Origins of the Air Training Corps In 1938 the Air Defence Cadet Corps (ADCC) was formed by a retired RAF Officer; Air Commodore JA Chamier The aim of the ADCC was to provide training to young men interested in Aviation, and prepare them for service in the RAF or Fleet Air Arm. When war broke out in 1939 ADCC Cadets provided valuable assistance to the RAF
Formation of the Air Training Corps The RAF was so impressed by the Contribution of the ADCC that it absorbed it and established the Air Training Corps. Air Commodore JA Chamier was appointed as Commandant. Known as the “Father of the ATC” King George VI became Air Commodore In Chief and issued a Royal Warrant on 5th February 1941.
Aims of the ATC The Royal Warrant sets out the Corps aims as: a. To promote and encourage among young people a practical interest in aviation and the Royal Air Force. b. To provide training which will be useful both in the Services and in civilian life. c. To foster the spirit of adventure, and to develop the qualities of leadership and good citizenship.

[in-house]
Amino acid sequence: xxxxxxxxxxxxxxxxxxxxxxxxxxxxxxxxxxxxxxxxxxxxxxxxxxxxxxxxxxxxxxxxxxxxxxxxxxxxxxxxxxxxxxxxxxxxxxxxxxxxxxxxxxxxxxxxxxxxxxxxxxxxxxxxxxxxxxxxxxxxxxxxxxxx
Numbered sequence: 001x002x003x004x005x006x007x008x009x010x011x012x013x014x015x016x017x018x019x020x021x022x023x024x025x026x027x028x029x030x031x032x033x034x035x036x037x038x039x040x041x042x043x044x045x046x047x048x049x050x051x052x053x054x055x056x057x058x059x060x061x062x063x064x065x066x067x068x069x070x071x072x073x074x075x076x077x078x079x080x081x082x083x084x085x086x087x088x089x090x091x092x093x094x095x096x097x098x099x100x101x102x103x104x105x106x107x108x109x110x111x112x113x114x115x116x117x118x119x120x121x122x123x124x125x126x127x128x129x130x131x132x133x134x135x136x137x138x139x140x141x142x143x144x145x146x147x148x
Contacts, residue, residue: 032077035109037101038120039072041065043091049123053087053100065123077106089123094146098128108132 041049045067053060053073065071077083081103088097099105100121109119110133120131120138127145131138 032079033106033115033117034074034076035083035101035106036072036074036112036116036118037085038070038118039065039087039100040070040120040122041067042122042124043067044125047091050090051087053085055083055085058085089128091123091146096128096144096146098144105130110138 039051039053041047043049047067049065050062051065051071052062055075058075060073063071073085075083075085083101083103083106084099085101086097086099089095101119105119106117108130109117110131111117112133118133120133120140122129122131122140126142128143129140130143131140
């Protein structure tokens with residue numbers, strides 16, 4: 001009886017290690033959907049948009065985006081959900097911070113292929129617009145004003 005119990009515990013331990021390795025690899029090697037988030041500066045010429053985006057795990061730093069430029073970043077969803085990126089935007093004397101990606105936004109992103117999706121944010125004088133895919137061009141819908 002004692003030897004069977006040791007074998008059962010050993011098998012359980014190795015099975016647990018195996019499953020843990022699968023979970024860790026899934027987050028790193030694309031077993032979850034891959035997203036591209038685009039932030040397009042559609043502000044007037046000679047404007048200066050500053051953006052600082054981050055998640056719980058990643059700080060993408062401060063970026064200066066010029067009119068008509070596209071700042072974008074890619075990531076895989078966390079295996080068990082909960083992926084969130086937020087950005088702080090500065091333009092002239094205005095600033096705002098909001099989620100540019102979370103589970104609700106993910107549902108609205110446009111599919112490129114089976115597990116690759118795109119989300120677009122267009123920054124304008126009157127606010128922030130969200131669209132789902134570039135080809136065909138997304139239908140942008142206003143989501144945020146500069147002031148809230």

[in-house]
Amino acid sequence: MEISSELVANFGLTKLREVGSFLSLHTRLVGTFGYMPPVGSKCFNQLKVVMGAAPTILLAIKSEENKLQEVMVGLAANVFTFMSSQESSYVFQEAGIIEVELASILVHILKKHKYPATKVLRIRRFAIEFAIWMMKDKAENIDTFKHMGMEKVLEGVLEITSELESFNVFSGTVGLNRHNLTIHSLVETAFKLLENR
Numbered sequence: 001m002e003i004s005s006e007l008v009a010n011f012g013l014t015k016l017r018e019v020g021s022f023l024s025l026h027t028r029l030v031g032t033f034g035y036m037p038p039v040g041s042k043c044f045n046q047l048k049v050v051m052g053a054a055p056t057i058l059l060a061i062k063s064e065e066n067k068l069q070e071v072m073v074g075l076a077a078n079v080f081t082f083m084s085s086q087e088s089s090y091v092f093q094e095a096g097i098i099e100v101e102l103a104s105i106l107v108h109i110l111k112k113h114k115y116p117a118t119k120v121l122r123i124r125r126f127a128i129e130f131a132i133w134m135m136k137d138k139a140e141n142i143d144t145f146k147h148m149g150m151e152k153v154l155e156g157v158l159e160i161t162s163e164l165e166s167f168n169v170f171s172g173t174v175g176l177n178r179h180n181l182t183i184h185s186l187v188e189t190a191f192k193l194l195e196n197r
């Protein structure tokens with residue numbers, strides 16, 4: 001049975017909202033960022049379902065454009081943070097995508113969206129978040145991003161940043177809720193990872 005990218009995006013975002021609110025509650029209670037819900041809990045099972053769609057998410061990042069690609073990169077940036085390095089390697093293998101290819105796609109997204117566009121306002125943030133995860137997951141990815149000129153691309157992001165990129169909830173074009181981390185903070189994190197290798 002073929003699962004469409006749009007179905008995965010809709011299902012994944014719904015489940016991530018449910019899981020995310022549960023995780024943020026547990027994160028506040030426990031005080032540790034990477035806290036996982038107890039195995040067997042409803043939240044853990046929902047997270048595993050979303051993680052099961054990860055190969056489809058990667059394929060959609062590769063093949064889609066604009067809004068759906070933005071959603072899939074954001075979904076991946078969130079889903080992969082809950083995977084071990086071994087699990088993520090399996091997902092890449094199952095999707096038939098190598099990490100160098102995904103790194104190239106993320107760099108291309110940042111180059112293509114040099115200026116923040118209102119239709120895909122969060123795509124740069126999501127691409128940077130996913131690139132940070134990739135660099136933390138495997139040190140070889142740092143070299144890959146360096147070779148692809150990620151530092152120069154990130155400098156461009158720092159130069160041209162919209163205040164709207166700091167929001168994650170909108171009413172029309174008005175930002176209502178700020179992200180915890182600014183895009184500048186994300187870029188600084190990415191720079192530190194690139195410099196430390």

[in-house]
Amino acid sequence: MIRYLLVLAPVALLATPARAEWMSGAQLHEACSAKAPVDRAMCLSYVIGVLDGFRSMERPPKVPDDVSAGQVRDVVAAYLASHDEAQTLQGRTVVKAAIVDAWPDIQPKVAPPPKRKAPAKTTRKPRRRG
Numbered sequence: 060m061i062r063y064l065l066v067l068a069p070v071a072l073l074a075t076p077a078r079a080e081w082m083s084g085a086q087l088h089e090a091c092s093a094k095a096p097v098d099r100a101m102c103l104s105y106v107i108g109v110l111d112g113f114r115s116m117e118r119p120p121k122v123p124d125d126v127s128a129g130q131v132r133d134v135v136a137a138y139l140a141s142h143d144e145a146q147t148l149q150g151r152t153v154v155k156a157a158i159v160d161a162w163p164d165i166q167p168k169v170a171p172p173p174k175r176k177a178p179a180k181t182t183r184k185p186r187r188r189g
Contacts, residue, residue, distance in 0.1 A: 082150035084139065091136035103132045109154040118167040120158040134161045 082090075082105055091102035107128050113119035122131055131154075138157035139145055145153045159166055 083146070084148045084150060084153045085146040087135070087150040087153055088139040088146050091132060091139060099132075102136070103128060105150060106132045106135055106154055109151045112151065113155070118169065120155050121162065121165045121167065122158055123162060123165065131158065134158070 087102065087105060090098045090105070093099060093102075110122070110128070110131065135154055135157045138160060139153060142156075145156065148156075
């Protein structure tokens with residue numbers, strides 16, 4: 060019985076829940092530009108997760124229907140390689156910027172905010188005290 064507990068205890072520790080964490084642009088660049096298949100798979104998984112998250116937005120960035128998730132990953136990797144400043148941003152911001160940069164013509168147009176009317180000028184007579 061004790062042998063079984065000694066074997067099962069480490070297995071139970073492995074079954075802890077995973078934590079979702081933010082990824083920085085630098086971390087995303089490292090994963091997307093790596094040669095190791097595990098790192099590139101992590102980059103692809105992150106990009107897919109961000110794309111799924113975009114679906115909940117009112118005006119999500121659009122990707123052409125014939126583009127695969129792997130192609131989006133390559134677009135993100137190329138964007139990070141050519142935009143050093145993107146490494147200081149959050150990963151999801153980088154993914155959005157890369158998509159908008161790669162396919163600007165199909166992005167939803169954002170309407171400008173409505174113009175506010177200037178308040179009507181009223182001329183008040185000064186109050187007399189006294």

Development of the ATC The first 50 Squadrons are known as “Founder” Squadrons, and have an F after their Squadron number. ATC became part of Royal Air Force Reserve Command When the Second World War ended in 1945 When King George VI died, HRH Duke of Edinburgh became Air Commodore in Chief in 1953 The ATC Ensign
Gliding Gliding training was first introduced during the war years, using single seat gliders. In 1950 2 seat gliders were introduced. Kirby Cadet Mk3 T21B Sedburgh
Gliding Opportunities The Air Cadet Gliding fleet was updated in the 1980s Opportunities • Familiarisation (AEG) • Initial Gliding Training (IGT) • Basic Gliding Training (BGT) • Advanced Gliding Training (AGT) • Gliding Instructor Viking Vigilant
Air Experience Flying In 1957 Air Experience Flights were set up to provide Cadets with flying experience and training
Chipmunk 1957-1996 Bulldog 1996-1999 Tutor 1999-present Air Experience Flying • Flying Opportunities • AEF • Flying Scholarship • Pilot Navigation Scheme • Microlight Training
D of E Award- (DEA) In 1956 the ATC was asked to trial the new Duke of Edinburgh Award Scheme. Cadets can take part in the DofE Award Scheme at all three levels
Girls joined • 1980 girls were allowed to join the ATC • By march 1999- 8682 Female cadets were enrolled.
The ATC 2010 • There are over 43,000 cadets all over the country. • Compare this to the less than 40,000 RAF personnel currently serving.